Taiwan Politician Warns Locally Produced Supersonic Cruise Missile May Reach Beijing


Taiwan has warned that its locally produced Yun Feng supersonic cruise missile could reach Beijing.

You Si Kun, Speaker of the Legislative Assembly, threatened China in response to claims that the Taiwan Strait was not part of international waters.

In his Taiwan Overseas Network speech, You told Xi Jinping to think twice before invading Taiwan, saying they would not hesitate to use their secret missile.

Taiwan has warned that its locally produced Yun Feng supersonic cruise missile (pictured) could reach Beijing

A carrier-based J-15 fighter jet takes off from the Chinese Navy's Liaoning <a class=aircraft carrier during deep-sea combat training” class=”blkBorder img-share” style=”max-width:100%” />

A carrier-based J-15 fighter jet takes off from the Chinese Navy’s Liaoning aircraft carrier during deep-sea combat training

He also outlined plans to develop a more self-sufficient military to prepare for potential conflict with their neighboring superpower.

You compared Taiwan to Ukraine in its defiant drive to defend its sovereignty, and insisted that they prepare for what could be an inevitable invasion.

It is believed that the Yun Feng missile began development after the Taiwan Strait Crisis in 1996, when missile tests were carried out by the People’s Republic of China.

The missiles were originally thought to have a range of 600 miles, but the updated version has an estimated range of 1,200 miles, putting Beijing in its sights.

Beijing is located approximately 1,150 miles from Taiwan.

Taiwan lives under constant threat of invasion by Beijing, which sees the self-governing democratic island as part of its territory to be taken back one day.

Taiwan lives under constant threat of invasion by Beijing, which sees the self-governing democratic island as part of its territory to be taken back one day.

Taiwan lives under the constant threat of invasion by Beijing, which sees the self-governing democratic island as part of its territory to be taken back one day, by force if necessary.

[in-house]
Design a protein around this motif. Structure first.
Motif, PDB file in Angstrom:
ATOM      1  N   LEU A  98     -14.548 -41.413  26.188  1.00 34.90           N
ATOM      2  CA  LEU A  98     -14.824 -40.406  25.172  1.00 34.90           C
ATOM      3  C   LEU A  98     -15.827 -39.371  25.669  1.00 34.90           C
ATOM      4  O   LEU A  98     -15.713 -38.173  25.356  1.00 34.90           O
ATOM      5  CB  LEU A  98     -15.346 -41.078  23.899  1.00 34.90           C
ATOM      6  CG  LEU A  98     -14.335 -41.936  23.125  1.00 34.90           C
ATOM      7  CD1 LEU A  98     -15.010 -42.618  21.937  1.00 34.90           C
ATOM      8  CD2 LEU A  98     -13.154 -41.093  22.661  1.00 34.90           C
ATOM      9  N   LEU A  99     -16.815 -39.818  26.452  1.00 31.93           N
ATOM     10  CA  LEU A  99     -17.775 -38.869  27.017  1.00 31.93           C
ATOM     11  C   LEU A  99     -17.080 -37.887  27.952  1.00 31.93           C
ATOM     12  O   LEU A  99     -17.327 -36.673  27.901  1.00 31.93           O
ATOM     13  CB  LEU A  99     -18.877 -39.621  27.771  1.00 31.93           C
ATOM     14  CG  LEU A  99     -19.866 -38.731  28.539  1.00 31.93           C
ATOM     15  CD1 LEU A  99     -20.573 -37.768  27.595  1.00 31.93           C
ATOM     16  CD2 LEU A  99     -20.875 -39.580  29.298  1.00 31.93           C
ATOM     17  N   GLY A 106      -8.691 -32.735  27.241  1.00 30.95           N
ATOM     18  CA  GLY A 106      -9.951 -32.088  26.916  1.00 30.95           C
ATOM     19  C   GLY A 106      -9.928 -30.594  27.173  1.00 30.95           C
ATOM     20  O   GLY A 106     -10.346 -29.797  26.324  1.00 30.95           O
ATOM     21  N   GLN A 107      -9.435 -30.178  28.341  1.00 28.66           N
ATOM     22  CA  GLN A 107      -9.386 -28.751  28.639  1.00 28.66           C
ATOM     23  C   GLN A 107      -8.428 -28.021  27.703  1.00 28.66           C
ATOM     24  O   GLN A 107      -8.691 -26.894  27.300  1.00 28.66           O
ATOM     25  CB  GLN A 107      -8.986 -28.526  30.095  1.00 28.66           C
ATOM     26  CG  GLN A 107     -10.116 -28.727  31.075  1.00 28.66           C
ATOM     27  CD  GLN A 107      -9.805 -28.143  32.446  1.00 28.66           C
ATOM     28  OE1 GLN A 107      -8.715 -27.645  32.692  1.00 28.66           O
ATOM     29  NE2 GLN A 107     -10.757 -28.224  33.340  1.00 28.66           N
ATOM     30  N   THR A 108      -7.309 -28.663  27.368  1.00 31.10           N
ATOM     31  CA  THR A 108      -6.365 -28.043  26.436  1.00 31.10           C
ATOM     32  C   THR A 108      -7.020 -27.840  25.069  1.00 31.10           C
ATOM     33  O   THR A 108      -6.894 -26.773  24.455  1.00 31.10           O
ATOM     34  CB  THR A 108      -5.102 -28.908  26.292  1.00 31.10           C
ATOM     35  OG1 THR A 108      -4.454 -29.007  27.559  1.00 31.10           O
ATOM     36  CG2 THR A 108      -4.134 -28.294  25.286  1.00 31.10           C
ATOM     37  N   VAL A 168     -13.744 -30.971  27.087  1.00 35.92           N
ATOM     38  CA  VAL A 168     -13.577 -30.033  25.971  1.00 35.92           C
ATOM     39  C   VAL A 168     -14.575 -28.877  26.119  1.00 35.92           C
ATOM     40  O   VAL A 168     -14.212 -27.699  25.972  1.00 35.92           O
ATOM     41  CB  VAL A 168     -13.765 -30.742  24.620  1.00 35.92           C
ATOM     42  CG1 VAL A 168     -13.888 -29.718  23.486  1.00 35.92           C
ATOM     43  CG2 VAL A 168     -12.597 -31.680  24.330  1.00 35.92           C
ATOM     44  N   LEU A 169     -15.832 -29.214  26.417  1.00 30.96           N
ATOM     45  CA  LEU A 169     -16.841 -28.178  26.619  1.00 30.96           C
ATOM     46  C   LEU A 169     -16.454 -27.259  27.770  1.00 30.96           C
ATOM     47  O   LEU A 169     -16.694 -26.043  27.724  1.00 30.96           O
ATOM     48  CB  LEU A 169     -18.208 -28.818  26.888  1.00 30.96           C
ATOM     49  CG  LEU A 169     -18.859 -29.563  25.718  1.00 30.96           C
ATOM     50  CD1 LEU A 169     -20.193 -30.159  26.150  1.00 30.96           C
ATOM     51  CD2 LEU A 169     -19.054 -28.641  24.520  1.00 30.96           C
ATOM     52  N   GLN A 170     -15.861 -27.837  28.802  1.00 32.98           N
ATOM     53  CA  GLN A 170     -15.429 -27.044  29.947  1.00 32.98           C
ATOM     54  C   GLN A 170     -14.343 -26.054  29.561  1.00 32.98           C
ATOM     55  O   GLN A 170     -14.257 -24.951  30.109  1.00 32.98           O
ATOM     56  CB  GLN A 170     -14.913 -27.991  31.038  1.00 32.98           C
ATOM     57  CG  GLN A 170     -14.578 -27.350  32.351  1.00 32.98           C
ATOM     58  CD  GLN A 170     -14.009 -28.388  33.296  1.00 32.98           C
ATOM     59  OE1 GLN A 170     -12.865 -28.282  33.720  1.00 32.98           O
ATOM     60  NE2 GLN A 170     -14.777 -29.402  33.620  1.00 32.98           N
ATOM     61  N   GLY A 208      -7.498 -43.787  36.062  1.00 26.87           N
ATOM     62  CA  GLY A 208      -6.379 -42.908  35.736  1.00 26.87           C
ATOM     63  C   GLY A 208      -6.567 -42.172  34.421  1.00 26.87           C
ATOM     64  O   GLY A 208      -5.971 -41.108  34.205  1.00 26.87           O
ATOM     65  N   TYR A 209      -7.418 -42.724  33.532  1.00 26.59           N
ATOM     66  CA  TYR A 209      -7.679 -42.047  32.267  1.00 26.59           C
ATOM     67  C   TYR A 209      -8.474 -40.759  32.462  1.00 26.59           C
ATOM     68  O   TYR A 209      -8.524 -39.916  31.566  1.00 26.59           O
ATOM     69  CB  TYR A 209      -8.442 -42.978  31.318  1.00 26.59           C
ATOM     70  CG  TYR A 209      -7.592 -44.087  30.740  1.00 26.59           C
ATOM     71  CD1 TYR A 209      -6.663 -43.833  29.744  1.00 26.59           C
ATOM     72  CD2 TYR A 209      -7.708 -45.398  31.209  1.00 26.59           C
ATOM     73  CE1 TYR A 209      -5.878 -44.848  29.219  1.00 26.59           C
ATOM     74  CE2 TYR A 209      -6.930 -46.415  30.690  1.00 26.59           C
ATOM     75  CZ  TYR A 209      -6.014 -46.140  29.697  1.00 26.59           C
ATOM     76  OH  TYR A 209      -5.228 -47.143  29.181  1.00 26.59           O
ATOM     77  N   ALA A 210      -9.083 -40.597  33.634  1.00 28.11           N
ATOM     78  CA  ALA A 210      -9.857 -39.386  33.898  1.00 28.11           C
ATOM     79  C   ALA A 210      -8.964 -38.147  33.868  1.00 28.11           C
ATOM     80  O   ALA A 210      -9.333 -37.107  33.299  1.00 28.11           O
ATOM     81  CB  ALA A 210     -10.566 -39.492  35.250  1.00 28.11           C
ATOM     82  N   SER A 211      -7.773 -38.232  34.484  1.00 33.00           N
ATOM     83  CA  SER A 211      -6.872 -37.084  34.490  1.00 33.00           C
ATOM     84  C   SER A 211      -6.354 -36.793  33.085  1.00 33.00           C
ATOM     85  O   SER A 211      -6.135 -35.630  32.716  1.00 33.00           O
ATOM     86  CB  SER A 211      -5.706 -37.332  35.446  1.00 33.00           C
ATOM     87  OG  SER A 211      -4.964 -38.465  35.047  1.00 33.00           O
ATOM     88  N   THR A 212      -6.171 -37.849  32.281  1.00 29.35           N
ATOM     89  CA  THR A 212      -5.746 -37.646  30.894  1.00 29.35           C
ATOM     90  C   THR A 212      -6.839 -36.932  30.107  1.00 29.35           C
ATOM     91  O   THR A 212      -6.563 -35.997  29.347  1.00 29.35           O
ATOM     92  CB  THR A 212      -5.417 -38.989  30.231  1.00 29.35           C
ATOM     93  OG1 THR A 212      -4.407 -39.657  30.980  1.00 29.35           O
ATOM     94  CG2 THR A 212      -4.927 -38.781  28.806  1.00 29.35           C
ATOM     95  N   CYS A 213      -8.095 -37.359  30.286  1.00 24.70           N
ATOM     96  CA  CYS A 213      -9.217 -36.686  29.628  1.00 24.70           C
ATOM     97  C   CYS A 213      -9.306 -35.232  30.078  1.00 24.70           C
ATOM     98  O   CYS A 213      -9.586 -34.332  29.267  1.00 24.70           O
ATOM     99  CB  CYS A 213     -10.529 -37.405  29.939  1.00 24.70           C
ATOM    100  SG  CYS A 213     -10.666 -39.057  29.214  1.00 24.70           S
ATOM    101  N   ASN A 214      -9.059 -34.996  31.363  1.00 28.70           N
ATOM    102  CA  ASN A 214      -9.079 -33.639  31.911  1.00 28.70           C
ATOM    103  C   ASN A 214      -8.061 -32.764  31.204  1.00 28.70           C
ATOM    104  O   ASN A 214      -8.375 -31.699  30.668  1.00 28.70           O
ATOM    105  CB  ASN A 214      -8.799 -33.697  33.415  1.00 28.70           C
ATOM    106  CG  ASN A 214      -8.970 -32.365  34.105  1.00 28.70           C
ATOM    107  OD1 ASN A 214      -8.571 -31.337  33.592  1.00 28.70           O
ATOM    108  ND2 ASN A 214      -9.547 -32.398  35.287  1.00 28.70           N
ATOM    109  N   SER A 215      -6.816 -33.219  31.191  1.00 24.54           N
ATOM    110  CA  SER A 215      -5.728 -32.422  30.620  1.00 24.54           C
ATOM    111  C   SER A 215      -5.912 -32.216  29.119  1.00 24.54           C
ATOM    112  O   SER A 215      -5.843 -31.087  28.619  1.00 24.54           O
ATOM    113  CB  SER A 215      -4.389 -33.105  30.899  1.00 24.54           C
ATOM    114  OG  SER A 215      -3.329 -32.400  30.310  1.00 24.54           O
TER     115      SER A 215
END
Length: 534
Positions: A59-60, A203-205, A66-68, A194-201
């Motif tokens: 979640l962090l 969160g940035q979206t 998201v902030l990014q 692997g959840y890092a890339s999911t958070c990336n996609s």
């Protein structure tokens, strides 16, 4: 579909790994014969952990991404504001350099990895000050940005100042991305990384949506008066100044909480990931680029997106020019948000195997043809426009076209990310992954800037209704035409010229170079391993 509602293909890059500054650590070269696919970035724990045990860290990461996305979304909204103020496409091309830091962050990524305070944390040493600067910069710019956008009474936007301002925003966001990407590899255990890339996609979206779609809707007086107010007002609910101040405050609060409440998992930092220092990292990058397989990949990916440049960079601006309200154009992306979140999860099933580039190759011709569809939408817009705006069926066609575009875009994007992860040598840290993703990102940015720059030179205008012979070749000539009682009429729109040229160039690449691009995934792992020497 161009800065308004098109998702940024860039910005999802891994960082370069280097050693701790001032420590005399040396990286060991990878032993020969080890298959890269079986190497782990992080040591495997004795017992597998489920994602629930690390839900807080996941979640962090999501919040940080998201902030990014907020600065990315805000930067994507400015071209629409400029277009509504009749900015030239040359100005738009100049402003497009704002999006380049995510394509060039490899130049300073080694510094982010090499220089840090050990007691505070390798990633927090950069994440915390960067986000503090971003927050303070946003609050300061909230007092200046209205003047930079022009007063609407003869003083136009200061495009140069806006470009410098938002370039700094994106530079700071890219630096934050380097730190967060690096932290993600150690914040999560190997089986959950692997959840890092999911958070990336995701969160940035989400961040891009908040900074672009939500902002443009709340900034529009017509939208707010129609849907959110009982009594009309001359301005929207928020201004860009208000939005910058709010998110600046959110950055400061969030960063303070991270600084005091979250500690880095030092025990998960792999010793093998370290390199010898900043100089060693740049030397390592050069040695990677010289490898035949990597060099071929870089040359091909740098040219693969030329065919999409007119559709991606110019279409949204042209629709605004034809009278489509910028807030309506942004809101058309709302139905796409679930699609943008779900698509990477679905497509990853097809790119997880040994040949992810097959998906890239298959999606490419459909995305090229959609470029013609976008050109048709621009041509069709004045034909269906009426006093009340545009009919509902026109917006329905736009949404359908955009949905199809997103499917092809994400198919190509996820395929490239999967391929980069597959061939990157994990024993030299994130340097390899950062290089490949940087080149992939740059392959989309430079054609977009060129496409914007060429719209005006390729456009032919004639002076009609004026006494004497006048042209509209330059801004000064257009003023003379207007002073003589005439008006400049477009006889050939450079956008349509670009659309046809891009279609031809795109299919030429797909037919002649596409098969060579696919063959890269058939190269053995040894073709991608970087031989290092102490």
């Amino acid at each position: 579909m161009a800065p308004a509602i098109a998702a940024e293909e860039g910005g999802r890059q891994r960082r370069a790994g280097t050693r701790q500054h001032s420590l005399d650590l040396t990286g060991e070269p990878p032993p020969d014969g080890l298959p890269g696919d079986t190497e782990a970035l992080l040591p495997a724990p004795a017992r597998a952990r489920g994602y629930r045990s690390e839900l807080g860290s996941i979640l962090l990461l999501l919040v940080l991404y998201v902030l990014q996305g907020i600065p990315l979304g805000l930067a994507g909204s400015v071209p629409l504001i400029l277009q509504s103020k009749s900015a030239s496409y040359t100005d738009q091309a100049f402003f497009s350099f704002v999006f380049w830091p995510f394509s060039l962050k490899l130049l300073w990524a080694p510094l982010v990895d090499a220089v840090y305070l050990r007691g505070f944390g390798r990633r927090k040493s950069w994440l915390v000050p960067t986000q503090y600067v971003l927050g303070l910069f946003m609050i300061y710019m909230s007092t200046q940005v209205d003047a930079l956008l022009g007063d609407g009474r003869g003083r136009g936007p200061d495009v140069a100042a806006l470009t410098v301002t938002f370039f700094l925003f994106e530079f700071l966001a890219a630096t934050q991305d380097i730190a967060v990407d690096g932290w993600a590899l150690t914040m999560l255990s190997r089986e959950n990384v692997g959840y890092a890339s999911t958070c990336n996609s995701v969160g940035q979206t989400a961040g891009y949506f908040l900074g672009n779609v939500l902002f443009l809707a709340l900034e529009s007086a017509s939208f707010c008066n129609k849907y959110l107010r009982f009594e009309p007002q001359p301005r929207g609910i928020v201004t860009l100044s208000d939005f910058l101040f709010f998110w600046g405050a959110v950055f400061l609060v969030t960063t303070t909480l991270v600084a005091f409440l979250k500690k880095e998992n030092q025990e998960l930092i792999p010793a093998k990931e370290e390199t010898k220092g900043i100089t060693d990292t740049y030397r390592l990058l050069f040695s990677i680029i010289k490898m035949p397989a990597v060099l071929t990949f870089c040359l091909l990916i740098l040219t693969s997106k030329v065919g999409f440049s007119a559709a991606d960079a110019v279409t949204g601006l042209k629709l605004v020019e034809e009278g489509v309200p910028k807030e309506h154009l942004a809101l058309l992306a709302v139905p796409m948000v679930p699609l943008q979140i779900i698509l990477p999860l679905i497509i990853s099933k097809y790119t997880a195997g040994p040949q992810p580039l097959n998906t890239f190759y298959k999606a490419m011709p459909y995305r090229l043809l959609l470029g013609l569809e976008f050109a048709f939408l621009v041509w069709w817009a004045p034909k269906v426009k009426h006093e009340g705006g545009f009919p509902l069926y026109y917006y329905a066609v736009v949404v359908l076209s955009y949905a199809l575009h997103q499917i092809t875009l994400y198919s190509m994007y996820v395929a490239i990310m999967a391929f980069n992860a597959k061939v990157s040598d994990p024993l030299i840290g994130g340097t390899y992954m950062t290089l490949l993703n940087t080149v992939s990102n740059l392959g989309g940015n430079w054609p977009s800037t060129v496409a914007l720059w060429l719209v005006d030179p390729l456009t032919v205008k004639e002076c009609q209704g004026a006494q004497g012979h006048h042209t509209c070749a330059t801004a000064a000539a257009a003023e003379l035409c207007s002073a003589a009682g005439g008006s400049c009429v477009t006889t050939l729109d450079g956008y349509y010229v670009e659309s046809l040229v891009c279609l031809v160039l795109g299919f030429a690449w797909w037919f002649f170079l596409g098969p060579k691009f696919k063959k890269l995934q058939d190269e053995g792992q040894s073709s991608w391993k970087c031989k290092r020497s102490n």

The narrow waterway that separates Taiwan and mainland China is a flashpoint, with Beijing often reacting angrily to passing foreign warships.

The United States and other countries consider the strait to be international waters open to all.

In recent years, Western warships have crossed the strait, angering Beijing.

But on Monday, Wang Wenbin, spokesman for China’s Foreign Ministry, said “China has sovereignty, sovereign rights and jurisdiction over the Taiwan Strait.”

“It is a false claim when some countries refer to the Taiwan Strait as ‘international waters’ in order to find a pretext to manipulate Taiwan-related issues and threaten China’s sovereignty and security,” he said. added.

The missiles were originally thought to have a range of 600 miles, but the updated version has an estimated range of 1,200 miles, putting Beijing in its sights.

The missiles were originally thought to have a range of 600 miles, but the updated version has an estimated range of 1,200 miles, putting Beijing in its sights.

Taipei hit back on Tuesday, criticizing Beijing’s remarks as “untrue” and “unacceptable”.

“China … flagrantly violates Taiwan’s sovereignty and damages the international maritime order to endanger regional peace and stability,” the ruling Democratic Progressive Party said in a statement.

Taiwan’s foreign ministry spokeswoman Joanne Ou said such comments were a “mistake”.

“The Taiwan Strait is part of international waters, and waters outside our territorial waters are subject to the ‘freedom of the high seas’ principle of international law,” she told reporters.

Taiwan has always respected the actions of foreign vessels in the Taiwan Strait that are consistent with international law, including innocent passage, Ou said.

“We understand and support the contribution of U.S. freedom of navigation missions to promoting regional peace and stability.”

The Foreign Ministry condemned Beijing for “deliberately distorting international rules to minimize the Taiwan Strait as its own exclusive economic zone”.

“China’s attempt to annex Taiwan is obvious,” he said in a statement, adding that Taipei supports “freedom of navigation” passages for US ships.

American warships periodically sail through the Taiwan Strait, while British, Canadian, French and Australian warships have all made passages in recent years.

In March, the Chinese aircraft carrier Shandong and a US destroyer transited the strait, shortly before Chinese President Xi Jinping warned Joe Biden that relations could suffer if Taiwan’s status is ‘mishandled’ .

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